[The uniform that broke the mutant's back. Who could
ever blame Magneto for getting back at humanity?]

By now, no doubt movie-mogols also realized, there were less longevity for the characters to develop and grow, along with tickets sold and the evolution of the generic average man who grows up on these staple of movies. And then we now have "X-Men: First Class". "Prequels" had become the next dirtiest word right next to "trilogy".

One parallel to this event is that Director Sam Raimi's Spiderman trilogy would now be superseded with a rebooted and a knocked-back age category. Marvel Comics is aiming them young nowadays, aren't they?

Make no mistake, I heart my trilogies and prequels (the term "sequel" seemed abolished in the filmmaking vocab), and look forward to extremely well made films, like the Harry Potter series, or even Lord Of The Rings (but I stop my passion at "The Hobbit"). And "First Class" looked to be a desperate reach for that market, IMHO.

[Kevin/Sebastian about to break into song, while January/Emma is the only saving vavavoom-grace]

"X-Men: First Class, due for release on June 3, 2011, is directed by Matthew Vaughn. It stars James McAvoy as the young Professor X,[21] and Michael Fassbender as Erik Lehnsherr, who becomes Magneto. It is a prequel focusing on "the formative years of Xavier and Magneto, and the formation of the school and where their relationship took a wrong turn." The villains of the film will be the Hellfire Club, featuring Kevin Bacon as Sebastian Shaw, and January Jones as Emma Frost." [Wiki]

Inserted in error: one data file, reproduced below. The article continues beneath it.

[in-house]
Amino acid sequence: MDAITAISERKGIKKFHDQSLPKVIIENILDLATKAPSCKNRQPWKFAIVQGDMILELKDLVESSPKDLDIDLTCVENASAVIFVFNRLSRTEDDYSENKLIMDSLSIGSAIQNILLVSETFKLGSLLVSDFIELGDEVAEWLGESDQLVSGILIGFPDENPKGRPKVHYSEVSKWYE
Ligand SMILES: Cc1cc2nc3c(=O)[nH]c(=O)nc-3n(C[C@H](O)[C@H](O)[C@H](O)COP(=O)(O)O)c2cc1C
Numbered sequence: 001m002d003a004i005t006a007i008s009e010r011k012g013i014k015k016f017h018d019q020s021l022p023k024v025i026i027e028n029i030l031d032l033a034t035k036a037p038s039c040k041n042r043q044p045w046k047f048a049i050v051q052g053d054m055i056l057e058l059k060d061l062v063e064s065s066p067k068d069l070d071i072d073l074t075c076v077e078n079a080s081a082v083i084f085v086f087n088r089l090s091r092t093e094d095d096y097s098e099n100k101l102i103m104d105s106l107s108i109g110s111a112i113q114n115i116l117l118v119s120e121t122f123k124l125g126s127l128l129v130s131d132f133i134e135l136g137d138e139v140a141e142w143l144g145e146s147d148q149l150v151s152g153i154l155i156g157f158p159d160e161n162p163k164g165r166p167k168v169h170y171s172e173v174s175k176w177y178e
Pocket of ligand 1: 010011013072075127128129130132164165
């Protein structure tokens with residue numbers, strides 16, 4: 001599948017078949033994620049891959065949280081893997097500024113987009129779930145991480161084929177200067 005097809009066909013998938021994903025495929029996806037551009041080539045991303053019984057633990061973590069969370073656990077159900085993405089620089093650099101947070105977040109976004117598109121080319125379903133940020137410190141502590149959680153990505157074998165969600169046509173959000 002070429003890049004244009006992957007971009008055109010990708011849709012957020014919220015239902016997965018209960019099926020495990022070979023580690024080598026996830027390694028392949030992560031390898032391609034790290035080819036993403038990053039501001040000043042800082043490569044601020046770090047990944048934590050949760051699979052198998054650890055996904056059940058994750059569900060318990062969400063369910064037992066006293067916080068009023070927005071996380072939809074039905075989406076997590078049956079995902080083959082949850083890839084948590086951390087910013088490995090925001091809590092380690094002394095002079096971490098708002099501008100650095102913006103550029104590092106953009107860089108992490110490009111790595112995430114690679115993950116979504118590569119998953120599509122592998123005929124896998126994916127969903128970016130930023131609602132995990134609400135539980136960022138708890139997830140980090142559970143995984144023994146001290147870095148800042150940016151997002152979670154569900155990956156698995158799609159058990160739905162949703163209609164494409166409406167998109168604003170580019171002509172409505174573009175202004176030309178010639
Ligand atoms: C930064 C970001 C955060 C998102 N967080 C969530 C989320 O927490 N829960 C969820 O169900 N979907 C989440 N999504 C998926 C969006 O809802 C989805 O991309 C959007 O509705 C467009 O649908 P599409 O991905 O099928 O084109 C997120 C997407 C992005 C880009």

[Now THIS is the sort of awe the film should exuded - even within a room with grids]
[Image above from Entertainment Weekly - released a day ahead of the trailer release]

"The film, set during the 1960s, will focus on the relationship between Professor X and Magneto and the origin of their groups, the X-Men and the Brotherhood of Mutants. The film stars James McAvoy as Professor X and Michael Fassbender as Magneto. It also stars Kevin Bacon as Sebastian Shaw, the antagonist of the movie. Other cast members include January Jones, Rose Byrne, Jennifer Lawrence and Lucas Till. The film is mostly being shot in England and parts of the United States. Fox envisions this film as the first in a new trilogy." [Wiki]

Woah. Sudden flash of "Austin Powers Is A Ruddy Mutant Innit?" - yes, but of course I am utterly unfair here. Forgive me if you take offense. But feel free to chuckle along with me, I wouldn't mind, really.

Ironically, or perhaps tis but The Will Of The Celluloid-Cycle, Bryan Singer is back, this time producing the film instead of directing it. This does not fill me with hope nor excitement. In a notion of a "prequel" or dare I even say it, a reinvention, I would rather see someone else wholly, attached to the movie to make it different from what we have witnessed before. The saving grace thus far is Matthew Vaughn, who had earlier helmed the awesome "Kick-Ass" (which always was a comicbook adaptation from an indie comic - seeing the trend now?).


This is the first time I am ever addressing this film, primarily because every other image from the film (posted here), failed to excite me, and drag me away from the "OMG-What-Are-They-Doing?" doldrums the picture is exuding. And having just read there were "reshoots"? Does not instill "desire-to-watch" in me, yet again. Because a high-concept movie franchise like the "X-MEN" demands excitement, and not a faint vibe of a "growing up" movie it is so much synonymous with now. Keep the "reality-teevee" vibe to television, and bring some lustre and bam-pow-panache back to the silver screen, particularly in this genre, IMHO. But if the teaser images attached to this blog-post excite you, then you have nothing to loose. And thank you for reading thus far.

[Best part of the film so far is shown above]

Credit: All film promo stills via LatinoReview.